Image Credit: Boeing
The first two domes that will form the pressure shell of the Structural Test Article, or STA, for Boeing’s CST-100 spacecraft have arrived at NASA’s Kennedy Space Center. The STA Crew Module will be assembled inside the former space shuttle hangar, known as Orbiter Processing Facility-3, so the company can validate the manufacturing and processing methods it plans to use for flight-ready CST-100 vehicles. While the STA will not fly with people aboard, it will be used to determine the effectiveness of the design and prove its escape system during a pad abort test. The ability to abort from an emergency and safely carry crew members out of harm’s way is a critical element for NASA’s next generation of crew spacecraft.
The main structure of the STA was friction-stir welded into a single upper and lower hull in mid-2015 and then machined to its final thickness. Throughout the next few months, it will be outfitted with critical components and systems required for testing. Once completed at Kennedy, the test article will be taken to Boeing’s facility in Huntington Beach, California, for evaluations. The “structural test” is one of many that will verify the capabilities and worthiness of the spacecraft, which is being designed to carry astronauts to the International Space Station in the near future for NASA’s Commercial Crew Program.
Boeing plans to launch its spacecraft on United Launch Alliance Atlas V rockets from Space Launch Complex 41 at Cape Canaveral Air Force Station, which is only a few miles away from the CST-100 processing facility at Kennedy. A human-rated crew access tower that will give astronauts and ground support crews access to the CST-100 standing at the pad is currently is under construction near the launch site.
3 thoughts on “Domes Arrive for CST-100 Test Article Assembly”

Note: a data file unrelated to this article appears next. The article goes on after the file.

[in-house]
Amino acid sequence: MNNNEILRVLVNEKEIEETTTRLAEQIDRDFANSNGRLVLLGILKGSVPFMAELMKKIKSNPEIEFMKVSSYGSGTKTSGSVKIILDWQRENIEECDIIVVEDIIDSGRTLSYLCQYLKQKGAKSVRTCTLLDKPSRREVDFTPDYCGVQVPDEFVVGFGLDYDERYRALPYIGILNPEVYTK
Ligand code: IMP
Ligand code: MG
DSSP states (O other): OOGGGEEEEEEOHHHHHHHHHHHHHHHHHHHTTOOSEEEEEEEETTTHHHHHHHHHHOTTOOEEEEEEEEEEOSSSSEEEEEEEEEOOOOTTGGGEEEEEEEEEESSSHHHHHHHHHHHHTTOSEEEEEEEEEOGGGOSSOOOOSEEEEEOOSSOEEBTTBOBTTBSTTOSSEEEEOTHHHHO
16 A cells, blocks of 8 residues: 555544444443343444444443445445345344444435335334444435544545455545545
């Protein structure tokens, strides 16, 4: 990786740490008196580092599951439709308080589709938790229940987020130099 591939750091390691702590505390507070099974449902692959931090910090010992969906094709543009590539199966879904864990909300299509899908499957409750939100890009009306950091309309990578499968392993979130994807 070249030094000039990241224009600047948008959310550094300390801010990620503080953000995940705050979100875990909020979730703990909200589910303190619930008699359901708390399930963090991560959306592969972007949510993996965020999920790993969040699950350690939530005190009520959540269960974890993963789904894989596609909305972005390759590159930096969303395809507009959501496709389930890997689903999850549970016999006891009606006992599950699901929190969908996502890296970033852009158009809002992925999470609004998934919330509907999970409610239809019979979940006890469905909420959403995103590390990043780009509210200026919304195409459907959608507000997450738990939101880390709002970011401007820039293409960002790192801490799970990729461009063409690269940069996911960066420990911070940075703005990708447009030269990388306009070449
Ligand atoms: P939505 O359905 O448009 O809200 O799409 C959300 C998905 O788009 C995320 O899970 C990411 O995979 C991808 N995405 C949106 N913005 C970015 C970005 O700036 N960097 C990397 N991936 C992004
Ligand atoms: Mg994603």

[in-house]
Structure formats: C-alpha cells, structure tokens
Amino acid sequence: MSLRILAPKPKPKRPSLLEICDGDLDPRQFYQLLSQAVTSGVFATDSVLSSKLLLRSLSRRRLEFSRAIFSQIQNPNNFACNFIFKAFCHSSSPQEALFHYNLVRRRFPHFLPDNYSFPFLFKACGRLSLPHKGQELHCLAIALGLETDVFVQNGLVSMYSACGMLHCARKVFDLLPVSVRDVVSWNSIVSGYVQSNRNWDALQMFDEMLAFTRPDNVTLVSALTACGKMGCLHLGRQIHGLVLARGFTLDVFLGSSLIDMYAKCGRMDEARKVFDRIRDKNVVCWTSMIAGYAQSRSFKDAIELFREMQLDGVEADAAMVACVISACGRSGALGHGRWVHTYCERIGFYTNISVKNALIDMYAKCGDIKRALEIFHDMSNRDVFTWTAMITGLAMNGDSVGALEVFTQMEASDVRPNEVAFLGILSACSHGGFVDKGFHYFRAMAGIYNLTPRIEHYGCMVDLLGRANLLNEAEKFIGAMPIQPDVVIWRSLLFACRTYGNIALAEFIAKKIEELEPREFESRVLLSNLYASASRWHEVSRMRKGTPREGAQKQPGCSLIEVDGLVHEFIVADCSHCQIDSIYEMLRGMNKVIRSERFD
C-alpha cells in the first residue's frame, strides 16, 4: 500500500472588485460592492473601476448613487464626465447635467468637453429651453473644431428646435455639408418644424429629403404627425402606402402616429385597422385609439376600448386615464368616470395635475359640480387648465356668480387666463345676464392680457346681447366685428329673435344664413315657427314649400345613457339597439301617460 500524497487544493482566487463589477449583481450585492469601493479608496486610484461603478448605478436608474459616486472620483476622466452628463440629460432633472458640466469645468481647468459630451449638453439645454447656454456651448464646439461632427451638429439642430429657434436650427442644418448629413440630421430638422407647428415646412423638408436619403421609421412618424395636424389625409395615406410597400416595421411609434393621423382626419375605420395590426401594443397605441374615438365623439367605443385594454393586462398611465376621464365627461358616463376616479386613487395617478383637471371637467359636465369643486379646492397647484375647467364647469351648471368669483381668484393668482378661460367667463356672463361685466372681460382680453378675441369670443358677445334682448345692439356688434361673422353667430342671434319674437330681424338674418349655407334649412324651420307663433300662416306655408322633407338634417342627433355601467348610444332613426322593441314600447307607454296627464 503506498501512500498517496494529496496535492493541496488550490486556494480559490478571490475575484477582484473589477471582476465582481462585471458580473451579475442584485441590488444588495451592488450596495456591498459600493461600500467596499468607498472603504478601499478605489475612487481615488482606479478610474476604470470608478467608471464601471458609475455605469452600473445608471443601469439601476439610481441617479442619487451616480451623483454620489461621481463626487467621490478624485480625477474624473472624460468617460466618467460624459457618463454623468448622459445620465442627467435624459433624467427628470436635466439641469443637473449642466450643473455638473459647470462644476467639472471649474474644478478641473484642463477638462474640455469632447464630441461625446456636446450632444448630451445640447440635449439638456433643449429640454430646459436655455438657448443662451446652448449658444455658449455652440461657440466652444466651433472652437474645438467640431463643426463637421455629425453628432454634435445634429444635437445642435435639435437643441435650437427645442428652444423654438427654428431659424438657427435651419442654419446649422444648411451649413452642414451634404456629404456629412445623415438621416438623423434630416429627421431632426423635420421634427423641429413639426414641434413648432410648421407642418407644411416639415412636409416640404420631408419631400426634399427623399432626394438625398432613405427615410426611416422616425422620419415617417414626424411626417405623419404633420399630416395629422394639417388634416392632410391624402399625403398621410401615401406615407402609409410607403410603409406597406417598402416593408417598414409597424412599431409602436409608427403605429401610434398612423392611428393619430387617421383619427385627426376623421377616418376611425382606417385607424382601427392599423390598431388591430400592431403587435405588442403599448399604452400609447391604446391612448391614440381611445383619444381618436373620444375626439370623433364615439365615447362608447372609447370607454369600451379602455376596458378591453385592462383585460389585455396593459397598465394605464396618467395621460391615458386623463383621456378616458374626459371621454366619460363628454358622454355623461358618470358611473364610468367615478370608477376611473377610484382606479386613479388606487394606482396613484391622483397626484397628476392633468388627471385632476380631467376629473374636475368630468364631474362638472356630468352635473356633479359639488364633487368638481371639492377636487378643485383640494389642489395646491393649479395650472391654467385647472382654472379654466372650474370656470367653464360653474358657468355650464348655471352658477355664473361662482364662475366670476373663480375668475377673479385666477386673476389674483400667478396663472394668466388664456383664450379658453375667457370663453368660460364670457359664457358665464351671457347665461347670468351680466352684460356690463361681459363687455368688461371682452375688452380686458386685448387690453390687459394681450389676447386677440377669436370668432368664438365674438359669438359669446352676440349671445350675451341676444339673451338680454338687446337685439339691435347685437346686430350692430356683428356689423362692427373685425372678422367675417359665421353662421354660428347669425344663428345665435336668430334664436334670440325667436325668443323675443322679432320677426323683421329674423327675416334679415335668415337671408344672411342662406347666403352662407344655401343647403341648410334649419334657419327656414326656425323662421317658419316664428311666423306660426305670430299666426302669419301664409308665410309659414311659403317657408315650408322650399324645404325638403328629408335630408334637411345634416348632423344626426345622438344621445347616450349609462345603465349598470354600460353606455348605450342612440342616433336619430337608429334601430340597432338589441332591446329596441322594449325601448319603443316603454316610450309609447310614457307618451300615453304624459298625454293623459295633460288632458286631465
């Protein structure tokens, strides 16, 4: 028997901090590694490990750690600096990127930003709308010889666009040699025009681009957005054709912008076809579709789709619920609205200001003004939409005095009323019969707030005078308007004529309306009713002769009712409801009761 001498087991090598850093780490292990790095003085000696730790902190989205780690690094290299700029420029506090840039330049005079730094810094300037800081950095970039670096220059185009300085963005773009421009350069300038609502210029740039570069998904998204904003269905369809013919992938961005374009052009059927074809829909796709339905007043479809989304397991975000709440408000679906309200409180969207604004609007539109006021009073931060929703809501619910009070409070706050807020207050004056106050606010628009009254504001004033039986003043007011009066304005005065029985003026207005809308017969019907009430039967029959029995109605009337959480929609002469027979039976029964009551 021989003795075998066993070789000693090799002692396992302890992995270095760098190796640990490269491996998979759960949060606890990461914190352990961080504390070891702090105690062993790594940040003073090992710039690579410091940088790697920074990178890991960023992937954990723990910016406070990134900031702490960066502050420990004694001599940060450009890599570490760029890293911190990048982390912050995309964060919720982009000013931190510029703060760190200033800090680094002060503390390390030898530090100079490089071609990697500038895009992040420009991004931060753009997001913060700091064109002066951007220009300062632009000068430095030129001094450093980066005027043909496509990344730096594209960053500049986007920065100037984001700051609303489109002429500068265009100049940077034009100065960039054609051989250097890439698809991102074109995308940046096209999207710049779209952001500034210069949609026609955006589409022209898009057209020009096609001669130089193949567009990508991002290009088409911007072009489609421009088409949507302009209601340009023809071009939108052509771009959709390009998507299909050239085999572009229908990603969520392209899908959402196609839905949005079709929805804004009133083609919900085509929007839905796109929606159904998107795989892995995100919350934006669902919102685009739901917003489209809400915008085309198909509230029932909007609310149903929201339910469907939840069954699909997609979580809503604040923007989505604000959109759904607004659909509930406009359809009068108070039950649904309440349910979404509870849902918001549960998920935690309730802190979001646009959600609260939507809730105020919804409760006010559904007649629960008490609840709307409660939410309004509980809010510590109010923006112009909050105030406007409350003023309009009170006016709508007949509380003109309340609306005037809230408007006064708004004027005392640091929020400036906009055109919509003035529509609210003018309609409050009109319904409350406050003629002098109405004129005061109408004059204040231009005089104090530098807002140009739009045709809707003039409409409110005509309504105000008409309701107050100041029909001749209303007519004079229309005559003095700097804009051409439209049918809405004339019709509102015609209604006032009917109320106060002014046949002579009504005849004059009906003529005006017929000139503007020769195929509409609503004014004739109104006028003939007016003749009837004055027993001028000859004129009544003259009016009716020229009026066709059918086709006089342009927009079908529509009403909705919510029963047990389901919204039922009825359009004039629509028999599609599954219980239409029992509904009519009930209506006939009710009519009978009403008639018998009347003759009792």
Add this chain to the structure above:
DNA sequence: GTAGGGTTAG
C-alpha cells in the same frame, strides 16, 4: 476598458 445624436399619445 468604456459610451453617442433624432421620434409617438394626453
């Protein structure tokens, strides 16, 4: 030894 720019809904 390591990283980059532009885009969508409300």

hi, I’m a north korean. I’m 15 years, and I have a question to NASA. I love space. I often enter the Nara website by my computer. And I have a enthusiasm. And I am sure of oneself I won’t lose my enthusiasm. I’m good at ENglish. I can communicate with American and Japanese. And I always get a good mark at Math and science. my science teacher said, ‘you will be a great astrophysicist.’ and my school mate said, I ashamed, ‘I think you are a genious.’ so … Korean can join the Nasa? i heard CIA does not receive foreinger … can you answer this question?
Well done to Boeing engineers involved with the CST-100 spacecraft. Work progressing very well with the STA Atlas V rocket which is now coming together. Eagerly await test flight!
You can do anything in America or the Free World. If you can get here or at least, get out of North Korea. There is a place in the world out here for you. Yes, even NASA if you have The Right Stuff with a good brain.
The CIA, no, they are our bad guy enforcerss but they do not try to keep people out unless you take the criminal, sneaky, illegal way to the country of your choice. If your a criminal, rest assured, the CIA and FBI will see to it that you stay in your self exiled country.
Good Luck to you…
Ray L. Roberts
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